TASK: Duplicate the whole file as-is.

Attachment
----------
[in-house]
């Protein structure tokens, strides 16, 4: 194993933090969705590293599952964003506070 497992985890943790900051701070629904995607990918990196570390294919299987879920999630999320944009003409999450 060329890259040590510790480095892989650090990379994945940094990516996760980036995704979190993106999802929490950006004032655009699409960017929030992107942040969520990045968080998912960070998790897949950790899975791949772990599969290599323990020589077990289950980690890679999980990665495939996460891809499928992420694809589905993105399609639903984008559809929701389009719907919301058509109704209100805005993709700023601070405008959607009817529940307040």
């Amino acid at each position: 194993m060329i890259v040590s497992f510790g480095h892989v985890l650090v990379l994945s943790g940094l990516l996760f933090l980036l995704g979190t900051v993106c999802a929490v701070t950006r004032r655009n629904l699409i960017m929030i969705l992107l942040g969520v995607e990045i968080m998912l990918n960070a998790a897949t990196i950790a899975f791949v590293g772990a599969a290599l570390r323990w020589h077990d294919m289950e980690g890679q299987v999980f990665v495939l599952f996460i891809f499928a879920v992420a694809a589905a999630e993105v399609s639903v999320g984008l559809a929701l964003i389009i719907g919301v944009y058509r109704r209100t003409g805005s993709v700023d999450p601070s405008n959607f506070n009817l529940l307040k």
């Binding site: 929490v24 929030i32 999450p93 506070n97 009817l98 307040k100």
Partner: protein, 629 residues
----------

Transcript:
[in-house]
């Protein structure tokens, strides 16, 4: 194993933090969705590293599952964003506070 497992985890943790900051701070629904995607990918990196570390294919299987879920999630999320944009003409999450 060329890259040590510790480095892989650090990379994945940094990516996760980036995704979190993106999802929490950006004032655009699409960017929030992107942040969520990045968080998912960070998790897949950790899975791949772990599969290599323990020589077990289950980690890679999980990665495939996460891809499928992420694809589905993105399609639903984008559809929701389009719907919301058509109704209100805005993709700023601070405008959607009817529940307040």
């Amino acid at each position: 194993m060329i890259v040590s497992f510790g480095h892989v985890l650090v990379l994945s943790g940094l990516l996760f933090l980036l995704g979190t900051v993106c999802a929490v701070t950006r004032r655009n629904l699409i960017m929030i969705l992107l942040g969520v995607e990045i968080m998912l990918n960070a998790a897949t990196i950790a899975f791949v590293g772990a599969a290599l570390r323990w020589h077990d294919m289950e980690g890679q299987v999980f990665v495939l599952f996460i891809f499928a879920v992420a694809a589905a999630e993105v399609s639903v999320g984008l559809a929701l964003i389009i719907g919301v944009y058509r109704r209100t003409g805005s993709v700023d999450p601070s405008n959607f506070n009817l529940l307040k």
């Binding site: 929490v24 929030i32 999450p93 506070n97 009817l98 307040k100």
Partner: protein, 629 residues